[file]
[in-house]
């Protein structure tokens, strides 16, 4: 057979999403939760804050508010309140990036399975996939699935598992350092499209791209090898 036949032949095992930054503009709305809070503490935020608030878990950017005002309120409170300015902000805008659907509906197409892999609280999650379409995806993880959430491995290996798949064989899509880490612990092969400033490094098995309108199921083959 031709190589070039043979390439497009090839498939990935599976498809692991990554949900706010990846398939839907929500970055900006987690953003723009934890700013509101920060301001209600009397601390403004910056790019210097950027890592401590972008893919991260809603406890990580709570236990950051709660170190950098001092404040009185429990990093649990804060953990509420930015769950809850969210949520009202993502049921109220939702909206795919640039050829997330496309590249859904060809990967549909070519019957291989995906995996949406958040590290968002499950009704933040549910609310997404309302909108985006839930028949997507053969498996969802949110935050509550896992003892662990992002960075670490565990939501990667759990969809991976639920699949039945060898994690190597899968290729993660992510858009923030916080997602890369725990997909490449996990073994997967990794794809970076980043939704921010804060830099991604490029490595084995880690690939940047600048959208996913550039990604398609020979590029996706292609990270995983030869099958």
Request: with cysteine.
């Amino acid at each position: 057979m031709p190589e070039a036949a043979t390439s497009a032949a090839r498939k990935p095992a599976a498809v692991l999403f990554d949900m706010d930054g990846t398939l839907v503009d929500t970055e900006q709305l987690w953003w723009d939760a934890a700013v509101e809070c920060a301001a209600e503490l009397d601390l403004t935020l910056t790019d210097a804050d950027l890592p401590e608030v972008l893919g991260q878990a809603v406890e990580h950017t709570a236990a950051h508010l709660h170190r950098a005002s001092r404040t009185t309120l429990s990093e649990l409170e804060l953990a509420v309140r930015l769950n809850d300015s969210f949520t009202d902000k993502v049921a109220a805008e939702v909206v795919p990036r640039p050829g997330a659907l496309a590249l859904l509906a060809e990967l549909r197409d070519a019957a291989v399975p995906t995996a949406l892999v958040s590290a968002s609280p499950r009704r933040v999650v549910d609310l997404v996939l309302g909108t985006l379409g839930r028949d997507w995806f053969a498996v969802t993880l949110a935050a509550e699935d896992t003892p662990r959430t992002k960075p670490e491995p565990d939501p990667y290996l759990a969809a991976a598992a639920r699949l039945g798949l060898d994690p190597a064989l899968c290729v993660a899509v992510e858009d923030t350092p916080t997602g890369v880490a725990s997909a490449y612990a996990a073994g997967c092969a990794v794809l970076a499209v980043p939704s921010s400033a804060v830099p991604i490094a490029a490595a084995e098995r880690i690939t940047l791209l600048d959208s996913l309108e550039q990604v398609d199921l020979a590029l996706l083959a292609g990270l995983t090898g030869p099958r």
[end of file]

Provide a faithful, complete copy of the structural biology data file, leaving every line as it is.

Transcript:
[in-house]
């Protein structure tokens, strides 16, 4: 057979999403939760804050508010309140990036399975996939699935598992350092499209791209090898 036949032949095992930054503009709305809070503490935020608030878990950017005002309120409170300015902000805008659907509906197409892999609280999650379409995806993880959430491995290996798949064989899509880490612990092969400033490094098995309108199921083959 031709190589070039043979390439497009090839498939990935599976498809692991990554949900706010990846398939839907929500970055900006987690953003723009934890700013509101920060301001209600009397601390403004910056790019210097950027890592401590972008893919991260809603406890990580709570236990950051709660170190950098001092404040009185429990990093649990804060953990509420930015769950809850969210949520009202993502049921109220939702909206795919640039050829997330496309590249859904060809990967549909070519019957291989995906995996949406958040590290968002499950009704933040549910609310997404309302909108985006839930028949997507053969498996969802949110935050509550896992003892662990992002960075670490565990939501990667759990969809991976639920699949039945060898994690190597899968290729993660992510858009923030916080997602890369725990997909490449996990073994997967990794794809970076980043939704921010804060830099991604490029490595084995880690690939940047600048959208996913550039990604398609020979590029996706292609990270995983030869099958």
Request: with cysteine.
């Amino acid at each position: 057979m031709p190589e070039a036949a043979t390439s497009a032949a090839r498939k990935p095992a599976a498809v692991l999403f990554d949900m706010d930054g990846t398939l839907v503009d929500t970055e900006q709305l987690w953003w723009d939760a934890a700013v509101e809070c920060a301001a209600e503490l009397d601390l403004t935020l910056t790019d210097a804050d950027l890592p401590e608030v972008l893919g991260q878990a809603v406890e990580h950017t709570a236990a950051h508010l709660h170190r950098a005002s001092r404040t009185t309120l429990s990093e649990l409170e804060l953990a509420v309140r930015l769950n809850d300015s969210f949520t009202d902000k993502v049921a109220a805008e939702v909206v795919p990036r640039p050829g997330a659907l496309a590249l859904l509906a060809e990967l549909r197409d070519a019957a291989v399975p995906t995996a949406l892999v958040s590290a968002s609280p499950r009704r933040v999650v549910d609310l997404v996939l309302g909108t985006l379409g839930r028949d997507w995806f053969a498996v969802t993880l949110a935050a509550e699935d896992t003892p662990r959430t992002k960075p670490e491995p565990d939501p990667y290996l759990a969809a991976a598992a639920r699949l039945g798949l060898d994690p190597a064989l899968c290729v993660a899509v992510e858009d923030t350092p916080t997602g890369v880490a725990s997909a490449y612990a996990a073994g997967c092969a990794v794809l970076a499209v980043p939704s921010s400033a804060v830099p991604i490094a490029a490595a084995e098995r880690i690939t940047l791209l600048d959208s996913l309108e550039q990604v398609d199921l020979a590029l996706l083959a292609g990270l995983t090898g030869p099958r």